“it is probable that in understanding and applying the law in their specialised field the tribunal will have got it right.”
And later in the same paragraph:
“Appellate courts should not rush to find such misdirections simply because they might have reached a different conclusion on the facts or expressed themselves differently.”
22. As we conclude, we make an observation about the grant of permission to appeal by the First-tier Tribunal by First-tier Tribunal Judge Grant. It was in brief terms, and made in response to a series of disagreements of fact and weight set out in the grounds of appeal. We are surprised that permission to appeal was granted in those terms. One of the bases for the grant of permission to appeal was that the judge failed to take into account “any of the guidance by the Supreme Court on the unduly harsh test”. We are puzzled by that observation; the decision of the First-tier Tribunal was replete with accurate references to the appropriate authorities. Secondly, in relation to the sufficiency of reasons limb of the Secretary of State’s grounds of appeal, the grant of permission to appeal failed to take into account the guidance given by this tribunal in Durueke (PTA: AZ applied, proper approach) [2019] UKUT 00197 (IAC) at paragraph (iii) of the Headnote:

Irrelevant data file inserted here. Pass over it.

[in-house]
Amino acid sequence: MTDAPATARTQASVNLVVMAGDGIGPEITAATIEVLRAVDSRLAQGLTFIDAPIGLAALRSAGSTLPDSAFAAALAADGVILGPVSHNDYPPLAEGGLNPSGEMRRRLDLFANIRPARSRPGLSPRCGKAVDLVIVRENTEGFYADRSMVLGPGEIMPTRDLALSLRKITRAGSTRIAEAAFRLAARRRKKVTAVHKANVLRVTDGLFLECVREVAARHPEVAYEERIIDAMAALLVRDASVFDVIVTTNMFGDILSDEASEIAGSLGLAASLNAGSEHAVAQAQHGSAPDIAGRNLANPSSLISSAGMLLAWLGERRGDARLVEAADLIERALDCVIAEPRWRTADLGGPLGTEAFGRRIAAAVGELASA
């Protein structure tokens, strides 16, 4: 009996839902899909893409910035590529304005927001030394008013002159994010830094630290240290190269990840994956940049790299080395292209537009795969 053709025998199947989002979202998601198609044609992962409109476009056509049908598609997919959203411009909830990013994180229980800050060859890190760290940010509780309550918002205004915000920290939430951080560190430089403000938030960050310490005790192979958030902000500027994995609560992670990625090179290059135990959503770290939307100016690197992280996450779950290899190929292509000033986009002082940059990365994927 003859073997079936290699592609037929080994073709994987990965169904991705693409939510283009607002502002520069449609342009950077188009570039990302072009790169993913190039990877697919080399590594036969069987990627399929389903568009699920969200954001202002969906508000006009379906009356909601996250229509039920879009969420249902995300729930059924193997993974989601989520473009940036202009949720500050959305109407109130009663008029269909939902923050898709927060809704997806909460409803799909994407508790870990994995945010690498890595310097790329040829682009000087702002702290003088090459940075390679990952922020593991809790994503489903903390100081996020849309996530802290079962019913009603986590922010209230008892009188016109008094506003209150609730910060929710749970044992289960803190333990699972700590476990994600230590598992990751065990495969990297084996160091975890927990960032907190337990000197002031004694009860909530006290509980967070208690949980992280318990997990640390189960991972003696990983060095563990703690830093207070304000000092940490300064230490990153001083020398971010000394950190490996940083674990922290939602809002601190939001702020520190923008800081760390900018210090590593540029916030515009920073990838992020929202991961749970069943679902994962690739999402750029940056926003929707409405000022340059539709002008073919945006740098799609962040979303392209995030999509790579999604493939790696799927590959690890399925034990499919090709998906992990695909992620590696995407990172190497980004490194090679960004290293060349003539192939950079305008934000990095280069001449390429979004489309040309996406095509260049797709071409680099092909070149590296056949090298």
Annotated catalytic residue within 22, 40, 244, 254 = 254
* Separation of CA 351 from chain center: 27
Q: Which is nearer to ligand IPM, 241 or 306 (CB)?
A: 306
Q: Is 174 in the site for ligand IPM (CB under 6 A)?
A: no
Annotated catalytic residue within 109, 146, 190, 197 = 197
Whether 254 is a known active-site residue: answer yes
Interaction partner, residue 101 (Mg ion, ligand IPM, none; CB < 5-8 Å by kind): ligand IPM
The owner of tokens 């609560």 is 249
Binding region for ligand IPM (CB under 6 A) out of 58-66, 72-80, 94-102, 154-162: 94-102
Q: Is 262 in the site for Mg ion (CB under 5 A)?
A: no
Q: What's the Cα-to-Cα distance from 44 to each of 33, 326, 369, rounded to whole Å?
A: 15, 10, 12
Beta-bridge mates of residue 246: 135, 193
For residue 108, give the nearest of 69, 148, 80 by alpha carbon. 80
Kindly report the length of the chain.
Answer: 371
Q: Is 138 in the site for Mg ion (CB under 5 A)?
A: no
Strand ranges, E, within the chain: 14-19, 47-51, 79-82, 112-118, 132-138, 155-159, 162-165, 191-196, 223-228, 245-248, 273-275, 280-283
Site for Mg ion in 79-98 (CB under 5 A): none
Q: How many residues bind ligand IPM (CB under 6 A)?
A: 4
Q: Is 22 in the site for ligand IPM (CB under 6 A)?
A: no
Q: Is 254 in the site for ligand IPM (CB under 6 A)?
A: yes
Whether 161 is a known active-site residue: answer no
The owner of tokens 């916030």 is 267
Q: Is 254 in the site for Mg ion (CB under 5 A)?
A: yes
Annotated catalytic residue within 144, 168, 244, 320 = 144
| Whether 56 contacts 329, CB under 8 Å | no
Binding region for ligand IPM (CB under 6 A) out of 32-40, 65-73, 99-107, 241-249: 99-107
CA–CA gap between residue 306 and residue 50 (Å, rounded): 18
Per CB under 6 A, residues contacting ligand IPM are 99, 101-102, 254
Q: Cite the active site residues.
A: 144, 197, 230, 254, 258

“Particular care should be taken before granting permission on the ground that the judge who decided the appeal did not ‘sufficiently consider’ or ‘sufficiently analyse’ certain evidence or certain aspects of a case. Such complaints often turn out to be mere disagreements with the reasoning of the judge who decided the appeal because the implication is that the evidence or point in question was considered by the judge who decided the appeal but not to the extent desired by the author of the grounds or the judge considering the application for permission. Permission should usually only be granted on such grounds if it is possible to state precisely how the assessment of the judge who decided the appeal is arguably lacking and why this is arguably material.”

23. There is no material error of law in the First Tier Tribunal’s decision. The determination shall stand.
Direction Regarding Anonymity – Rule 14 of the Tribunal Procedure (Upper Tribunal) Rules 2008
Unless and until a Tribunal or court directs otherwise, the Appellant is granted anonymity. No report of these proceedings shall directly or indirectly identify him or any member of their family. This direction applies both to the Appellant and to the Respondent. Failure to comply with this direction could lead to contempt of court proceedings.

Signed Date

Deputy Upper Tribunal Judge Juss 27th March 2022


We have dismissed the appeal and therefore there can be no fee award.

Signed Date

Deputy Upper Tribunal Judge Juss 27th March 2022